As in any soap opera, sex is a big motivating factor on Boss, and though Grammer and most of the other male actors are convincingly weathered and practically reek of cholesterol, all the prominent actresses on the show—Nielsen, Lathan, Hannah Ware as Kane’s drug-addicted daughter, and especially Kathleen Robertson as his on-again-off-again personal aide, Kitty—look as if they might be asked to leave a Victoria’s Secret catalog shoot for making the models feel insecure about their looks. They also all act as if, no matter how well off they are, cold showers are priced out of their reach in Chicago. Kitty in particular is an amazing piece of work; she spends much of the first season having sex in public places with the married, family-values candidate she’s watching over as he runs for governor, and spends part of the second season working for a female candidate who urges her to expose her rival as an adulterer while trying to maneuver Kitty into the sack herself. In the last episode, Kitty sits down across from Kane and, while asking him to hire her again, slowly begins to unbutton her blouse. It’s a considerable relief to see that she’s just showing him that the D. A. has her wired for sound.

Sex and violence are a constant on most of the recent shows that are meant to be about politics, and it’s not as if Boss is sullying the pristine waters from whence Scandal and Political Animals sprang. Scandal, which has one of the best dramatic casts on TV and gives them some of the silliest shit this side of an all-day Teletubbies marathon, sets the bar for political verisimilitude about as low as it can get. It’s set in an alternate universe in which a socially liberal Republican has been elected president, and has an openly gay chief of staff who’s married to a younger man who keeps pressuring him for a baby. If you can buy that, you’ll buy anything, and given that “anything” is exactly what Scandal is selling in terms of narrative plausibility, it’s good that the terms of the deal are established right up front.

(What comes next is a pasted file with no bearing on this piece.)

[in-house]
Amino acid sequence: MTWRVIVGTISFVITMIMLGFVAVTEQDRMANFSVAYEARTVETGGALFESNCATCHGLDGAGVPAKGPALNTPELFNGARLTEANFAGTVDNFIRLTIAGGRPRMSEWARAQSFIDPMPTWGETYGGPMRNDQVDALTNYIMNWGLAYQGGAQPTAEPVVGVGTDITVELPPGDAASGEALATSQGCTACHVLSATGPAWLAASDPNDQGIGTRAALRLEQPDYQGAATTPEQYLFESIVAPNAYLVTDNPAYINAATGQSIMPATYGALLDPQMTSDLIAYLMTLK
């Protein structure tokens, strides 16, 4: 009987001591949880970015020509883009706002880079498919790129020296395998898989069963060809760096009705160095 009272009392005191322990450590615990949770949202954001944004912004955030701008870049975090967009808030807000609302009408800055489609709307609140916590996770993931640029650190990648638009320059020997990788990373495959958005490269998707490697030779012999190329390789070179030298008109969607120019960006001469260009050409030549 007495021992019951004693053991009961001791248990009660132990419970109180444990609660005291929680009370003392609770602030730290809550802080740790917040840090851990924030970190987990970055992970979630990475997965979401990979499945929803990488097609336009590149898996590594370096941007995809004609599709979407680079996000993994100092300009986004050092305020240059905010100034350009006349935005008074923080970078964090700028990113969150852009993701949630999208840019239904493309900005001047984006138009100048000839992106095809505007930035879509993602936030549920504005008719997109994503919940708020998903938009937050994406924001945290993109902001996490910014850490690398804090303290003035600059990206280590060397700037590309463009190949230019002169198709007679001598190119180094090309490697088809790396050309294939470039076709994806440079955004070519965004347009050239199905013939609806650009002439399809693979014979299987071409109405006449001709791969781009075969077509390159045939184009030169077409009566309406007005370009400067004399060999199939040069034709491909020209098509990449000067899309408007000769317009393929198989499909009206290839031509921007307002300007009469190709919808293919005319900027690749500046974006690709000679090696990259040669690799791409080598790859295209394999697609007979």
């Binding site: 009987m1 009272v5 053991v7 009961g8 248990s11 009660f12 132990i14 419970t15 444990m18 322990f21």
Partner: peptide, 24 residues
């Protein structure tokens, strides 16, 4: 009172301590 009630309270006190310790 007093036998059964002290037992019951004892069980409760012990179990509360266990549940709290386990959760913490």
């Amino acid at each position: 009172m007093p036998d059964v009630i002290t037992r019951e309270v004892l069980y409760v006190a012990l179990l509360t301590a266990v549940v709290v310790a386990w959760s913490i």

Scandal explains its president’s complex inner life by giving him a past affair with the show’s heroine, the saintly super-fixer Olivia Pope (Kerry Washington, who would be asked to leave the set of Boss because she was making the actresses feel insecure about their looks), and Olivia would never have gone there with some right-wing asshole. The president on Scandal doesn’t talk, think, or act like a national representative of his party, but by sticking a little “[R]” next to his name (the way Fox News has been known to stick a little “[D]” next to the names of Republican politicians after they’ve been caught doing something untoward in a public restroom), Scandal creator Shonda Rhimes may think she’s proven that she isn’t one of those knee-jerk Hollywood liberals who hate Kelsey Grammer so much that they would unfairly deny him a sixth Emmy Award. Instead, she’s unintentionally pointed out one of the ironic difficulties of turning contemporary politics into drama: Drama depends on characters who can’t be reduced to simple labels. But in a time when millions of people base their opinion on something like the killing of Osama Bin Laden strictly on who was president when it happened, American politics seems to be all about reducing people to simple labels.